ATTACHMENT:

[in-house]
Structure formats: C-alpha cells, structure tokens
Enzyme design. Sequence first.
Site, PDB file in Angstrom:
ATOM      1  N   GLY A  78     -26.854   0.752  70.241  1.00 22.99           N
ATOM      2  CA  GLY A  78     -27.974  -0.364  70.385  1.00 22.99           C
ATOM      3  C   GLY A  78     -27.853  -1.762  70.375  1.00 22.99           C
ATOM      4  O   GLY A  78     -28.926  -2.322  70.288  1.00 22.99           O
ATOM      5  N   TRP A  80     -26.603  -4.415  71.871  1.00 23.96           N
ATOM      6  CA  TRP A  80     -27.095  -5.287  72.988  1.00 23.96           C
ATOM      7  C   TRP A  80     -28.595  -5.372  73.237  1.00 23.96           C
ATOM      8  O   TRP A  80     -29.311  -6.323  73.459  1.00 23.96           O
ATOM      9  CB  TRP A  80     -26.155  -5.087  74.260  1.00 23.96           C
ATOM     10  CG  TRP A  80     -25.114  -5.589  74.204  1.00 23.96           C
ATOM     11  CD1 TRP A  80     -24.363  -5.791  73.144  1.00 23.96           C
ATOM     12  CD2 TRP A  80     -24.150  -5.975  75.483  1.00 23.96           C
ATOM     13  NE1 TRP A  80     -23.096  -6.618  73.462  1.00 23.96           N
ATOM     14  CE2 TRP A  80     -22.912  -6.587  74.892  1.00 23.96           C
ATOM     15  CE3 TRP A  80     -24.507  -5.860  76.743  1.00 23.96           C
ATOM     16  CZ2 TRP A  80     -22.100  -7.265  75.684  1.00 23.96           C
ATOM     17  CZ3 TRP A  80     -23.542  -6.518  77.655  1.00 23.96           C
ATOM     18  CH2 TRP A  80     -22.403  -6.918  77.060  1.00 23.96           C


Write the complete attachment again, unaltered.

[in-house]
Structure formats: C-alpha cells, structure tokens
Enzyme design. Sequence first.
Site, PDB file in Angstrom:
ATOM      1  N   GLY A  78     -26.854   0.752  70.241  1.00 22.99           N
ATOM      2  CA  GLY A  78     -27.974  -0.364  70.385  1.00 22.99           C
ATOM      3  C   GLY A  78     -27.853  -1.762  70.375  1.00 22.99           C
ATOM      4  O   GLY A  78     -28.926  -2.322  70.288  1.00 22.99           O
ATOM      5  N   TRP A  80     -26.603  -4.415  71.871  1.00 23.96           N
ATOM      6  CA  TRP A  80     -27.095  -5.287  72.988  1.00 23.96           C
ATOM      7  C   TRP A  80     -28.595  -5.372  73.237  1.00 23.96           C
ATOM      8  O   TRP A  80     -29.311  -6.323  73.459  1.00 23.96           O
ATOM      9  CB  TRP A  80     -26.155  -5.087  74.260  1.00 23.96           C
ATOM     10  CG  TRP A  80     -25.114  -5.589  74.204  1.00 23.96           C
ATOM     11  CD1 TRP A  80     -24.363  -5.791  73.144  1.00 23.96           C
ATOM     12  CD2 TRP A  80     -24.150  -5.975  75.483  1.00 23.96           C
ATOM     13  NE1 TRP A  80     -23.096  -6.618  73.462  1.00 23.96           N
ATOM     14  CE2 TRP A  80     -22.912  -6.587  74.892  1.00 23.96           C
ATOM     15  CE3 TRP A  80     -24.507  -5.860  76.743  1.00 23.96           C
ATOM     16  CZ2 TRP A  80     -22.100  -7.265  75.684  1.00 23.96           C
ATOM     17  CZ3 TRP A  80     -23.542  -6.518  77.655  1.00 23.96           C
ATOM     18  CH2 TRP A  80     -22.403  -6.918  77.060  1.00 23.96           C